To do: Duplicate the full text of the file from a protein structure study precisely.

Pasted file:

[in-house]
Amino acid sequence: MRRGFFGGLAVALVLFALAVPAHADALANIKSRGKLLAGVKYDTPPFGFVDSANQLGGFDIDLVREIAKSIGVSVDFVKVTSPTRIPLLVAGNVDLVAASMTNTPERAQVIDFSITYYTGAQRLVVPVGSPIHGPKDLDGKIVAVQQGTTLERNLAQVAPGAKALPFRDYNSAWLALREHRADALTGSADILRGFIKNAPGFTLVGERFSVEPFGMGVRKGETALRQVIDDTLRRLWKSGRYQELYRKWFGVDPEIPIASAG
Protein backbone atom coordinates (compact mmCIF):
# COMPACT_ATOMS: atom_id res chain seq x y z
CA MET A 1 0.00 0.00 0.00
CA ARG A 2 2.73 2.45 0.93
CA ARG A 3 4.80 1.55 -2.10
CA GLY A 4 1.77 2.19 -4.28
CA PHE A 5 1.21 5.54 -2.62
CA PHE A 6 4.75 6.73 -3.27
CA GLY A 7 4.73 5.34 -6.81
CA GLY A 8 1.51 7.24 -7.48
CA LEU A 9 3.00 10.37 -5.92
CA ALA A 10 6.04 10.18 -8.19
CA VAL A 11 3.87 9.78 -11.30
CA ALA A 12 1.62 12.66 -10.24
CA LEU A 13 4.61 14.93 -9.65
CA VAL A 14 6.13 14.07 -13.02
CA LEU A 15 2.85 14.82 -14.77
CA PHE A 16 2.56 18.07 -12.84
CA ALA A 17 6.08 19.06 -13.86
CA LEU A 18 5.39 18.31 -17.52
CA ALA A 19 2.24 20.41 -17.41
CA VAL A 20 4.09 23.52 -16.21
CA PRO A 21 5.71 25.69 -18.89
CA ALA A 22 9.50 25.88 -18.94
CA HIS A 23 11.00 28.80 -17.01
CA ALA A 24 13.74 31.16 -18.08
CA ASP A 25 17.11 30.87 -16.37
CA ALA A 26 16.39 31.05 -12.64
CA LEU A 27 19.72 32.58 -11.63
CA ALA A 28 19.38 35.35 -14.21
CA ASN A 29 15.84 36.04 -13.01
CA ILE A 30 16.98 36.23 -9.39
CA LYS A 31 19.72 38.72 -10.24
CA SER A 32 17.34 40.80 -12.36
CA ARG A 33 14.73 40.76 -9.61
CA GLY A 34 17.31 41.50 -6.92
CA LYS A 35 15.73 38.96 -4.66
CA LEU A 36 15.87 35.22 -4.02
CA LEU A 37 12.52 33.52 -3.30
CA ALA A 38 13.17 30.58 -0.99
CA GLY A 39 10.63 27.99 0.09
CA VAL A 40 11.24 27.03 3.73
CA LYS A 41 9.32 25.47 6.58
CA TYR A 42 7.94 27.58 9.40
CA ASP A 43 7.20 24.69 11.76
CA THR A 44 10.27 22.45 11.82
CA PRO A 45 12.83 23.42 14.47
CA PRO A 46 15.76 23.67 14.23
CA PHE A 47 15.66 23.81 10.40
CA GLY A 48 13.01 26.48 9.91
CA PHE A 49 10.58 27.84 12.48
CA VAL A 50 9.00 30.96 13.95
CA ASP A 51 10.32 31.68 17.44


[in-house]
Amino acid sequence: MRRGFFGGLAVALVLFALAVPAHADALANIKSRGKLLAGVKYDTPPFGFVDSANQLGGFDIDLVREIAKSIGVSVDFVKVTSPTRIPLLVAGNVDLVAASMTNTPERAQVIDFSITYYTGAQRLVVPVGSPIHGPKDLDGKIVAVQQGTTLERNLAQVAPGAKALPFRDYNSAWLALREHRADALTGSADILRGFIKNAPGFTLVGERFSVEPFGMGVRKGETALRQVIDDTLRRLWKSGRYQELYRKWFGVDPEIPIASAG
Protein backbone atom coordinates (compact mmCIF):
# COMPACT_ATOMS: atom_id res chain seq x y z
CA MET A 1 0.00 0.00 0.00
CA ARG A 2 2.73 2.45 0.93
CA ARG A 3 4.80 1.55 -2.10
CA GLY A 4 1.77 2.19 -4.28
CA PHE A 5 1.21 5.54 -2.62
CA PHE A 6 4.75 6.73 -3.27
CA GLY A 7 4.73 5.34 -6.81
CA GLY A 8 1.51 7.24 -7.48
CA LEU A 9 3.00 10.37 -5.92
CA ALA A 10 6.04 10.18 -8.19
CA VAL A 11 3.87 9.78 -11.30
CA ALA A 12 1.62 12.66 -10.24
CA LEU A 13 4.61 14.93 -9.65
CA VAL A 14 6.13 14.07 -13.02
CA LEU A 15 2.85 14.82 -14.77
CA PHE A 16 2.56 18.07 -12.84
CA ALA A 17 6.08 19.06 -13.86
CA LEU A 18 5.39 18.31 -17.52
CA ALA A 19 2.24 20.41 -17.41
CA VAL A 20 4.09 23.52 -16.21
CA PRO A 21 5.71 25.69 -18.89
CA ALA A 22 9.50 25.88 -18.94
CA HIS A 23 11.00 28.80 -17.01
CA ALA A 24 13.74 31.16 -18.08
CA ASP A 25 17.11 30.87 -16.37
CA ALA A 26 16.39 31.05 -12.64
CA LEU A 27 19.72 32.58 -11.63
CA ALA A 28 19.38 35.35 -14.21
CA ASN A 29 15.84 36.04 -13.01
CA ILE A 30 16.98 36.23 -9.39
CA LYS A 31 19.72 38.72 -10.24
CA SER A 32 17.34 40.80 -12.36
CA ARG A 33 14.73 40.76 -9.61
CA GLY A 34 17.31 41.50 -6.92
CA LYS A 35 15.73 38.96 -4.66
CA LEU A 36 15.87 35.22 -4.02
CA LEU A 37 12.52 33.52 -3.30
CA ALA A 38 13.17 30.58 -0.99
CA GLY A 39 10.63 27.99 0.09
CA VAL A 40 11.24 27.03 3.73
CA LYS A 41 9.32 25.47 6.58
CA TYR A 42 7.94 27.58 9.40
CA ASP A 43 7.20 24.69 11.76
CA THR A 44 10.27 22.45 11.82
CA PRO A 45 12.83 23.42 14.47
CA PRO A 46 15.76 23.67 14.23
CA PHE A 47 15.66 23.81 10.40
CA GLY A 48 13.01 26.48 9.91
CA PHE A 49 10.58 27.84 12.48
CA VAL A 50 9.00 30.96 13.95
CA ASP A 51 10.32 31.68 17.44